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Charity, as a rule, knows no system. Just as the heart of the giver is touched by the urgency or particular circumstances of the case calling for his aid, and according to his circumstances at the time, does he contribute of his means. When a great calamity, like the Kaitangata coal mine disaster for instance, agitates our bosoms, and stirs up the better feelings of our natures, and the cry for aid is heard throughout the length and breadth of the land, then money is lavishly poured in by every man who owns a copper and a heart with ever so little of humanity in it. But just as often as not, more money is given than the circumstances of the case really require. Not unfreqnently funds have been raised in this way for some special object, and having been disbursed to an extent that afforded the required relief, a handsome i-esiduum is left, never to be used, but is allowed to lie in the hands of the bankers, tied up and useless to any one but the bank that holds it. While the world wags, calamities will occur that call forth the sympathies and aid of humanity for those who suffer by them ; but as these calamities occur by no rule, and cannot be regulated by any rule, any more than they can be prevented, so the giving of the benevolent to relieve the distress that follows, is usually only regulated by the magnitude of the disaster, and the amount of the element of sensation that may' have accompanied its occurrence. A great and sensational disaster is thus the most effectual in raising relief funds. But, as we said, the occurrence of calamities cannot be regulated, and sometimes they occur when a man’s, a community’s, ..or a nation’s pockets are empty—when giving is perforce limited by the want of means to give, and it may he that a comparatively trifling accident, that involves only a few hundred people in its disastrous influence, is the signal for a a lavish outpour of generosity, while a great and widespread disaster, that may perchance make want stalk like a plague over a whole land, and touch thousands upon thousands with its terrible finger, does not meet with that response to its call for aid that the pressing nature of its case and the magnitude of suffering demand from thoso to whom its victims may naturally look for We had evidence of this in the meagre response—comparatively speaking, at least—that has been given to the call for aid from this colony that lias reached us from Ireland. The above remarks have been inspired by a circular we have received from the editor of the Oamaru “ Times,” a gentleman not unknown in Ashburton. The circular contains a reprinted leading arfcle, and two “ letters to the editor/' bearing the signature of “North Britain.” The article and the letters strike out what seems to us to be a,new idea in the way of reducing giving to a principle and a They advocate the establishment of a “ National Penny Relief Fund,” which shall be contributed to by every member of the population at the rate of a penny per month per head, but need not, of course, interfere in any way with the more generous giving which the benevolent will always continue. It is suggested by the article that the collection of the penny subscriptions could be facilitated by boxes in the post offices, courthouses, and banks of the colony, and by enlisting the co-operation of householders as collectors within their circles ; wTfle the management of the fund should be placed in the hands of local committees elected by subscribers from those of their number who had subscribed a guinea to the fund over and above their penny per month subscription. Both “North Britain” and the editor would apply the fund thus raised to cases of distress not assisted from other sources, or, if so assisted, requiring further assistance, and they would make the fund operative in localities altogether irrespective of those in which the distress immediately existed. The idea is of course crude, and wants elaboration, but we fancy that were it taken up, and its details perfected it might be brought to as great efficiency as has been the penny postage or the penny press. Certainly _ it would be a great boon to civilisation, which carries so much of suffering of every kind with it, wherever it advances, to have some permanent and living fund ever available for the relief of distress that is not absolutely pauperism ; and if the idea of “ North Britain,” with any modification it may require, can be brough t to a workable and adoptable scheme, it will doubtless be a benefit to the country. Thrown at us all at once, as the idea of a “National Penny Relief Fund” is, we are not prepared to give an opinion upon it other than the favorable one that strikes us at the first glance, and we give the outline of it in the hope that some of our men of figures and powers of organisation may set to work to think out its practicability. “ North Britain” gives the following figures as what would bo the result of the scheme’s adoption in the British possessions— Great Britain would rake annually ,£1,500,000 Australia and Tasmania ... ... 150,000 New Zealand ... ... ... 22,500 Canada 150,000 India 9,300,000 Other possessions, say ... ... 500,000 Total £11,622,500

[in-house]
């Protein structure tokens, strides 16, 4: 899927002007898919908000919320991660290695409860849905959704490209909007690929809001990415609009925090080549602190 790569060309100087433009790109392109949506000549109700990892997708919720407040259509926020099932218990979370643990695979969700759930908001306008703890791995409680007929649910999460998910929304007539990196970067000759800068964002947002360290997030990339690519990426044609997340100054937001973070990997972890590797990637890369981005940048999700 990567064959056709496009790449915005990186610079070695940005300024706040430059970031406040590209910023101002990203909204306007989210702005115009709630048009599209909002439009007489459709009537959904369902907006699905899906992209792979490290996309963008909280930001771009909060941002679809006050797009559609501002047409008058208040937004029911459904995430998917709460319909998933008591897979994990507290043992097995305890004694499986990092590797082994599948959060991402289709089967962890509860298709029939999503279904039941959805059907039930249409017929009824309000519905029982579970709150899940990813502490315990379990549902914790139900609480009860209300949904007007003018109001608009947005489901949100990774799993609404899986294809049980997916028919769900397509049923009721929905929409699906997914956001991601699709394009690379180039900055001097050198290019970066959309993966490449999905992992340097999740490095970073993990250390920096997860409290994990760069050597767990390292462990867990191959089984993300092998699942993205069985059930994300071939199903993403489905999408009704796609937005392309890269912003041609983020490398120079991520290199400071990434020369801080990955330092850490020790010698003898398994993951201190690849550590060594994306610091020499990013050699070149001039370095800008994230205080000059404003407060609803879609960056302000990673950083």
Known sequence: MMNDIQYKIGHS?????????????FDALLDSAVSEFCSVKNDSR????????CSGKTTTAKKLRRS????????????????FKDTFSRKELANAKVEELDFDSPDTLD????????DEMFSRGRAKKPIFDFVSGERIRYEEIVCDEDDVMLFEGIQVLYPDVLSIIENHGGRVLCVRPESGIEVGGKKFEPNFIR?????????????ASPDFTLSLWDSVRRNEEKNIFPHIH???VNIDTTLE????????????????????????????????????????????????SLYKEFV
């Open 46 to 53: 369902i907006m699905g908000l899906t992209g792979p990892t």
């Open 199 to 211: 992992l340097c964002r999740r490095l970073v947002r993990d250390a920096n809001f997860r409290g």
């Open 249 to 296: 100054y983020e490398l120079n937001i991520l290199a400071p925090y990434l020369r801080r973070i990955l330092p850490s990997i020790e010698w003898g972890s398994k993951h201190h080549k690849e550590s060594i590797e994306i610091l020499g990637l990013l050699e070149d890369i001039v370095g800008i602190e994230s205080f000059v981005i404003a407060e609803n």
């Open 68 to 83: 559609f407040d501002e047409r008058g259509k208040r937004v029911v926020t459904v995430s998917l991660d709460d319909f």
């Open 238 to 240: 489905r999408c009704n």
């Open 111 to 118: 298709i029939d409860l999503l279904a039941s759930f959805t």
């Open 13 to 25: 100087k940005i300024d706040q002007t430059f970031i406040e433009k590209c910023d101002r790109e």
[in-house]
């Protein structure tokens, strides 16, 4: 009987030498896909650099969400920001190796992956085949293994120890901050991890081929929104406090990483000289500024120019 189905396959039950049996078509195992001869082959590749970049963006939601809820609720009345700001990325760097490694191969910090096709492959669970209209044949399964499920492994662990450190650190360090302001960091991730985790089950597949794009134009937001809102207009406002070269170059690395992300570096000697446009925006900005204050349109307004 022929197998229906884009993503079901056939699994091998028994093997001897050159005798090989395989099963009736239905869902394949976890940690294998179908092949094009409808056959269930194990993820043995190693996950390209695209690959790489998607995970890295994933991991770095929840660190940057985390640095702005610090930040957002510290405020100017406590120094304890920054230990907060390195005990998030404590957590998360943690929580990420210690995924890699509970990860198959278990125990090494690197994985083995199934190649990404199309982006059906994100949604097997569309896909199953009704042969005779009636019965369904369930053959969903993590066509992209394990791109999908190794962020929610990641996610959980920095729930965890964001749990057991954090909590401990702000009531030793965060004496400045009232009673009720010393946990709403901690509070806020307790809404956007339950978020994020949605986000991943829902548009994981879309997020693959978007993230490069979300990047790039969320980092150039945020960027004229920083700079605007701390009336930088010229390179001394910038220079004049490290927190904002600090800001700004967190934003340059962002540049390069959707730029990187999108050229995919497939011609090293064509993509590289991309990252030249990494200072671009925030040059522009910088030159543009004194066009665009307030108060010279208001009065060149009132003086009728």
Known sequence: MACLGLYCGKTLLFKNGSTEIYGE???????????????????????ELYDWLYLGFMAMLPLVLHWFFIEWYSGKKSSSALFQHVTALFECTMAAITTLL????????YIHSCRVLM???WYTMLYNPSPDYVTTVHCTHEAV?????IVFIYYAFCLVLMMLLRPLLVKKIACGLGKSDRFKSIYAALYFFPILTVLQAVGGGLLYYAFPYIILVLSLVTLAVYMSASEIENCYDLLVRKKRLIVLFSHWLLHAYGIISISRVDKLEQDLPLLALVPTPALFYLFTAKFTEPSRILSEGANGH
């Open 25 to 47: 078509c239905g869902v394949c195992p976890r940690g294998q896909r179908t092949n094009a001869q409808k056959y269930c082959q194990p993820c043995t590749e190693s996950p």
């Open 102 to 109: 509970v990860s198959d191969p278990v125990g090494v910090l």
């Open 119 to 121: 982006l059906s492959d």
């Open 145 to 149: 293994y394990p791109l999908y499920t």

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Bibliographic details

Ashburton Guardian, Ashburton Guardian, Volume 1, Issue 81, 1 April 1880

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The Ashburton Guardian. COUNTY AGRICULTURAL & SPORTING RECORDER THURSDAY, APRIL 1, 1880. Ashburton Guardian, Volume 1, Issue 81, 1 April 1880